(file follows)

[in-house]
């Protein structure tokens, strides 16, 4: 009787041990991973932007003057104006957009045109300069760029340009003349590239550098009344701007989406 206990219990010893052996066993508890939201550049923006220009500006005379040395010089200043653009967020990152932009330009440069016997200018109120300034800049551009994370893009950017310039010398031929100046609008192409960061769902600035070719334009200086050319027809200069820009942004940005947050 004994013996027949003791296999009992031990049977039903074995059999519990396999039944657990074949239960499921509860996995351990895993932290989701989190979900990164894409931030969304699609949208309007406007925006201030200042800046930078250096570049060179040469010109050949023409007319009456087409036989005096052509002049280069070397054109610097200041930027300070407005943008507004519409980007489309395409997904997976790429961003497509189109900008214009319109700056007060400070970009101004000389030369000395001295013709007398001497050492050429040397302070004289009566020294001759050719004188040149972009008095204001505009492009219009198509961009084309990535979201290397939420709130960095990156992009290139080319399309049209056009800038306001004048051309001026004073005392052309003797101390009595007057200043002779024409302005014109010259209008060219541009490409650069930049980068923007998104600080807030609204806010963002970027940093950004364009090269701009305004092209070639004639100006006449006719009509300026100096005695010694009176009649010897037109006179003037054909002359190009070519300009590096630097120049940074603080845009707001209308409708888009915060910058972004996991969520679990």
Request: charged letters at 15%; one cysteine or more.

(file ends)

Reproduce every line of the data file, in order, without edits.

[in-house]
């Protein structure tokens, strides 16, 4: 009787041990991973932007003057104006957009045109300069760029340009003349590239550098009344701007989406 206990219990010893052996066993508890939201550049923006220009500006005379040395010089200043653009967020990152932009330009440069016997200018109120300034800049551009994370893009950017310039010398031929100046609008192409960061769902600035070719334009200086050319027809200069820009942004940005947050 004994013996027949003791296999009992031990049977039903074995059999519990396999039944657990074949239960499921509860996995351990895993932290989701989190979900990164894409931030969304699609949208309007406007925006201030200042800046930078250096570049060179040469010109050949023409007319009456087409036989005096052509002049280069070397054109610097200041930027300070407005943008507004519409980007489309395409997904997976790429961003497509189109900008214009319109700056007060400070970009101004000389030369000395001295013709007398001497050492050429040397302070004289009566020294001759050719004188040149972009008095204001505009492009219009198509961009084309990535979201290397939420709130960095990156992009290139080319399309049209056009800038306001004048051309001026004073005392052309003797101390009595007057200043002779024409302005014109010259209008060219541009490409650069930049980068923007998104600080807030609204806010963002970027940093950004364009090269701009305004092209070639004639100006006449006719009509300026100096005695010694009176009649010897037109006179003037054909002359190009070519300009590096630097120049940074603080845009707001209308409708888009915060910058972004996991969520679990």
Request: charged letters at 15%; one cysteine or more.